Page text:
• The bank account is essential for salary payments. Social security contributions are also an important point to consider. Are these contributions valid in both the home and host countries, or just where the transferee will be working? Be sure to clarify this before your employee packs their bags.
  • The most obvious compliance obligation related to financials is tax compliance. Managing expectations from the beginning will help you avoid unexpected costs for your company and the transferee down the road.

Housing & other destination services

  • Proper accommodation is not only a necessity for the employee’s experience but also for entrance into the country. Immigration authorities will want to know where the transferee will be staying. Having their home confirmed before they leave is a great way to ensure compliance.
  • If children are relocating with your transferee, it’s likely they will need to already be admitted to a school or have signed up for the upcoming school year. Education is often a very personal choice for families. Provide your transferee with information on education options in the host country. Be sure they choose their kids’ school after finding accommodation but before they depart.

Relocation compliance during the assignment

At this stage, you and your transferees have ensured all compliance and legal obligations are met before they start their assignment abroad. Once they arrive and their international employment has begun, there are a few other compliance elements that need to be managed. This includes housing and other destination services such as:

  • Signed property lease: your employees should have it and their name should be on the letter box. Signing the property lease is a decisive moment in your employees’ assignment and riddled with compliance requirements. Their rights and obligations should be clearly laid out to them well in advance to avoid breech of compliance and maximise chances of receiving their rental deposit back.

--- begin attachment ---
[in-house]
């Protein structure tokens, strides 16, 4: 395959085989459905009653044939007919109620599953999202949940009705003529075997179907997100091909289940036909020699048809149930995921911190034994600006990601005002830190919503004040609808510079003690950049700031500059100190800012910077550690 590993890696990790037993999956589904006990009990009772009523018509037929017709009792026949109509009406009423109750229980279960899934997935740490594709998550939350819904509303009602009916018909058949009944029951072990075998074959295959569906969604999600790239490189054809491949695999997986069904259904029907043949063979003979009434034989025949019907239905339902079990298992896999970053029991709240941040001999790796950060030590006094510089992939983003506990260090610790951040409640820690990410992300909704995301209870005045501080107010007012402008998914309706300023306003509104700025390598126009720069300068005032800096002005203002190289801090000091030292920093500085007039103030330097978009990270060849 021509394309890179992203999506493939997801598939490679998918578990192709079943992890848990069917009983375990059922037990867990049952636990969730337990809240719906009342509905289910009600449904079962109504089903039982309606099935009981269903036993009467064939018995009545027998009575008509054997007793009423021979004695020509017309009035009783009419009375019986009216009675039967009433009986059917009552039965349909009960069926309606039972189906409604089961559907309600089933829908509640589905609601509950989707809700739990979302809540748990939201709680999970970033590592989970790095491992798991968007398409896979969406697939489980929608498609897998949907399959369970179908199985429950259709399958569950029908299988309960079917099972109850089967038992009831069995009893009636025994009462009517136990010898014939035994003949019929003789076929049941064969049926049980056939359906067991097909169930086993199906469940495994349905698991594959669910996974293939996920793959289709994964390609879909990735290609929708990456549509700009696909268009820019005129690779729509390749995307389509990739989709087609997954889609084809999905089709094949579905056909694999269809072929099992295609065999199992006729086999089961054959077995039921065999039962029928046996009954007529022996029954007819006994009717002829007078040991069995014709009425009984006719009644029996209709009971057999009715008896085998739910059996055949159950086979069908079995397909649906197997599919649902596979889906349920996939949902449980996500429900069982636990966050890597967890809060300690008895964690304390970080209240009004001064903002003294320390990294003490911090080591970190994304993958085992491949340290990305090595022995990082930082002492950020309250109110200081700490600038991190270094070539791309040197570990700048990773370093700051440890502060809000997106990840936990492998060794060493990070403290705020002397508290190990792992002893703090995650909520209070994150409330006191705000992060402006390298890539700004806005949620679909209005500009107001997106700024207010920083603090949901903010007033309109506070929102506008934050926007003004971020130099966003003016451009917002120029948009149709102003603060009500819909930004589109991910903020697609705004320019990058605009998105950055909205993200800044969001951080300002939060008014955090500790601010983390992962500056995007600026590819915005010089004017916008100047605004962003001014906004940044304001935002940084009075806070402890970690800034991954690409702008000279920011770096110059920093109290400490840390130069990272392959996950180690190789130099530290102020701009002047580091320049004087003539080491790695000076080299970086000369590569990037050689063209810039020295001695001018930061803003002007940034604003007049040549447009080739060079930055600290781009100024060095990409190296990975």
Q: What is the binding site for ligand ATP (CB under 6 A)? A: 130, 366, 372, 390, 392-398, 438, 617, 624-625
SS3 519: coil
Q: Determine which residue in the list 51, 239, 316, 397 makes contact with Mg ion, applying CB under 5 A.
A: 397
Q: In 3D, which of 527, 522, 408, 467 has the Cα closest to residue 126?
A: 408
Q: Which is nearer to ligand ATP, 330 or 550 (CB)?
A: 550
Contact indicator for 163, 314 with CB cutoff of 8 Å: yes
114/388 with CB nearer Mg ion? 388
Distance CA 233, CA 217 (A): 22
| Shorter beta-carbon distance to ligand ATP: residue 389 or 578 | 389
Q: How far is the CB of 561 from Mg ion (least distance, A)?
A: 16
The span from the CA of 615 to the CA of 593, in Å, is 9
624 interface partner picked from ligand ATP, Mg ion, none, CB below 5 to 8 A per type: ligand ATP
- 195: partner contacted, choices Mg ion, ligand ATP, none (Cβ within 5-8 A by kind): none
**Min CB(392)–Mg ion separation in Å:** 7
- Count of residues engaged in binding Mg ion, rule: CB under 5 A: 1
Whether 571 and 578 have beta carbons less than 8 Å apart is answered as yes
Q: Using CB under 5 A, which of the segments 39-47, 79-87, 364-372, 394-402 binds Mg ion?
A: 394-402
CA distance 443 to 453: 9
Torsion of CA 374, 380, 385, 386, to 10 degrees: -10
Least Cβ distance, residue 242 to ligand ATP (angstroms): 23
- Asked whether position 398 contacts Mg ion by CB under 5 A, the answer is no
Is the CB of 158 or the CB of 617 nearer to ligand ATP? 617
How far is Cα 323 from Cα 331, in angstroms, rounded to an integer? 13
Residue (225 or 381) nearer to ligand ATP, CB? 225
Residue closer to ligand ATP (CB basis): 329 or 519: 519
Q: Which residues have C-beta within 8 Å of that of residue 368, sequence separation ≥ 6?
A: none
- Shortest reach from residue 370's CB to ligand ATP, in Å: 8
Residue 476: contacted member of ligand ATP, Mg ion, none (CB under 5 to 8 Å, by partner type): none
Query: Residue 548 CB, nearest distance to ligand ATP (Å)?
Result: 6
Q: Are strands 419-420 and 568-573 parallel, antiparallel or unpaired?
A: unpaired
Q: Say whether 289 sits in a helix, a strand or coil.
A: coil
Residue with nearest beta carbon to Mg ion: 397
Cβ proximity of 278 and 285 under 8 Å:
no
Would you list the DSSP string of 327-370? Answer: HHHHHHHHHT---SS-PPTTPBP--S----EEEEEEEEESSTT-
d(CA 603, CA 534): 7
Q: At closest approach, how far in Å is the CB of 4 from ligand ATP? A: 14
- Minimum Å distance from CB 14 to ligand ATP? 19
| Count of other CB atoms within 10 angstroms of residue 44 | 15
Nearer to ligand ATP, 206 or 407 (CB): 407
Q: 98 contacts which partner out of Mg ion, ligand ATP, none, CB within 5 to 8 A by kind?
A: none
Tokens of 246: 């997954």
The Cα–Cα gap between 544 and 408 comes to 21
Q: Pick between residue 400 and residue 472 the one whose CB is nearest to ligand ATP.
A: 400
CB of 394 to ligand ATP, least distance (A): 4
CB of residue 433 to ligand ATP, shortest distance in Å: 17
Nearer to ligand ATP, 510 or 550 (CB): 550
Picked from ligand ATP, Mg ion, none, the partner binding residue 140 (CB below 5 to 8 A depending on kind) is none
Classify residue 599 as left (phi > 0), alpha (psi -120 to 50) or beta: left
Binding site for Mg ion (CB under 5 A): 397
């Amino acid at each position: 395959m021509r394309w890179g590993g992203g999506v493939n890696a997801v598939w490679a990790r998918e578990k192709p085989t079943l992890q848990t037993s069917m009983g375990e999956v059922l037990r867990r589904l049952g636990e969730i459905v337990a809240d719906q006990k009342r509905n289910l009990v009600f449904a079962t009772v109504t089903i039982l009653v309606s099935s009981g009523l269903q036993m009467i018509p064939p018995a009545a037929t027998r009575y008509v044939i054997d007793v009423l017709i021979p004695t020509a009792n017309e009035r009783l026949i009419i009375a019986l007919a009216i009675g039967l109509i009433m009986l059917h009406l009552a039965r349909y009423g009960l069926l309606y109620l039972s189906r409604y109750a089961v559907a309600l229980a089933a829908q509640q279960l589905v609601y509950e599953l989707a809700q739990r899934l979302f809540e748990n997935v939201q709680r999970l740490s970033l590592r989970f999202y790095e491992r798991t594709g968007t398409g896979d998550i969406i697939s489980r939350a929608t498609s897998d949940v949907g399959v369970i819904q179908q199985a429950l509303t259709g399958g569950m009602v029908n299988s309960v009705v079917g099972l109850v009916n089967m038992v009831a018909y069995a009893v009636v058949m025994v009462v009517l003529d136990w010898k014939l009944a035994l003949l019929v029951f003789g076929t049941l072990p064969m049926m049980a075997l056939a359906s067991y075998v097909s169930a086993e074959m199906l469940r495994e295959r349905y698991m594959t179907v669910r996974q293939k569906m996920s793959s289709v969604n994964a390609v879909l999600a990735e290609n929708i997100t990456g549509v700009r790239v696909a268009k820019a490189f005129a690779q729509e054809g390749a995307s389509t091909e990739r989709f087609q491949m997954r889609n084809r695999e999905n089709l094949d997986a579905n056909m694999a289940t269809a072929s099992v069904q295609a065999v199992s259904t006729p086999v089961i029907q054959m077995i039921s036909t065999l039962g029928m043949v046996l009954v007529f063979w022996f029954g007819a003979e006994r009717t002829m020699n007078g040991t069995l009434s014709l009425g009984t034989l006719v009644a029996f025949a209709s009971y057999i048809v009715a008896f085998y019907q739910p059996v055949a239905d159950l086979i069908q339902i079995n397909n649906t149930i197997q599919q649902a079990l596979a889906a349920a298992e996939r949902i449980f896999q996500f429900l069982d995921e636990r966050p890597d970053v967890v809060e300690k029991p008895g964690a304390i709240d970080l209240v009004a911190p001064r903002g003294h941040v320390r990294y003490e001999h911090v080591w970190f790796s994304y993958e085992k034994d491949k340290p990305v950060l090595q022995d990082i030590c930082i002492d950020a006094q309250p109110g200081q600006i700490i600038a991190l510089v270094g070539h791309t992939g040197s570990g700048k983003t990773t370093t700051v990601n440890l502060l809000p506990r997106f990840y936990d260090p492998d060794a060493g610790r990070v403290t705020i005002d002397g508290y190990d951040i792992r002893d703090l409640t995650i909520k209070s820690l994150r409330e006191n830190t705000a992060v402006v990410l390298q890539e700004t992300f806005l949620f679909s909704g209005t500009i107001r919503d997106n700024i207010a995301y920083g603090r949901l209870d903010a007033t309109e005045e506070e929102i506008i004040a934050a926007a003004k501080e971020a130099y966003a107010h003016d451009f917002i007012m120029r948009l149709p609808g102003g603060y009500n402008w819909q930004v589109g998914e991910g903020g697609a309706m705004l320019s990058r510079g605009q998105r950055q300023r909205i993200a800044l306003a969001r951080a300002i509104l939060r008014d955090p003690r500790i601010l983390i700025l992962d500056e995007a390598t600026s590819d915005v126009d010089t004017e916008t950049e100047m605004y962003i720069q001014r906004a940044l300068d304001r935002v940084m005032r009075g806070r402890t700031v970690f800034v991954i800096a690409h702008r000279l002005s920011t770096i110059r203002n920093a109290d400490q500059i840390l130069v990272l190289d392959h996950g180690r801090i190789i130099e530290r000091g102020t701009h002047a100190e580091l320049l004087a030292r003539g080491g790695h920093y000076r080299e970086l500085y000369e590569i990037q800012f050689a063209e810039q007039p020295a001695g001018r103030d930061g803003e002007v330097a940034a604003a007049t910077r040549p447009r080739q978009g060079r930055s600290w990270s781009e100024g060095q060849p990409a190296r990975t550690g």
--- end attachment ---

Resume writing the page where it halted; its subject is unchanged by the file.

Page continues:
• Telephone and internet connections
  • Liability and auto insurance, and any other required insurance policies that were not handled during the pre-arrival stage

Long-term relocation compliance

Long-term relocation compliance differs from the relocation compliance during the assignment because it requires a clear view of what’s to come. Knowing about deadlines, key dates, and requirements for business travel ahead of time will make things easier and smoother for both you and your transferee. This is what you need to keep in mind during a transferee’s assignment:

  • Key dates related to permits
  • When will their permit or work visa expire? What do you need to do to renew the permit or visa in advance to ensure the transferee isn’t working the host country illegally? It is essential to have a solid long-term perspective here and knowledge of immigration requirements.
  • Business travel requirements
  • What is allowed or not allowed when it comes to business travel to and from the host country. Keep in mind that your transferee may have to travel back and forth between the home country and host country, or from the host country to other countries for short visits or meetings. Is this business travel permitted with their visa? Will they have complications when re-entering? Does this impact any tax compliance?

Choose an expert in Global Mobility compliance

Mastering compliance and legal in relocation scenarios requires a wide range of expert knowledge that needs to apply at different points in time, not just all at once. If you’ve outsourced the relocation of your employees for long- or short-term assignments, this means you’ll be working closely with your relocation provider to stay on top of all legal and compliance requirements needed before, during and after an assignment is finished.

Our Packimpex teams in Switzerland, Germany, Belgium, the Netherlands and the UK are constantly checking the latest requirements regarding immigration, insurance, employment contracts, salary payments and housing or lease requirements.

When it comes to compliance, we lead by example. Packimpex is a member of EURA (the European Relocation Association), SARA (the Swiss Relocation Association) as well as ABRA (the Belgian Relocation Association). Our membership of these highly respected associations requires us to adhere to industry standards, and are proof that the services we provide meet all the necessary compliance requirements and standards in the relocation industry.

Going even further, our IS0 270001 certification is related to security systems, data management and data handling. This management process certification means that the processes are the same in every Packimpex office in all the countries where we are active. Our customers and partners can rest assured that their personal information remains secure. Packimpex is amongst the first European relocation companies to receive this certification.

Do you have questions about a certain legal requirement, or do you need expert-level support for the end-to-end management of your transferees’ relocations?

Our legal and compliance experts are standing by to help you – click here to get in touch with us.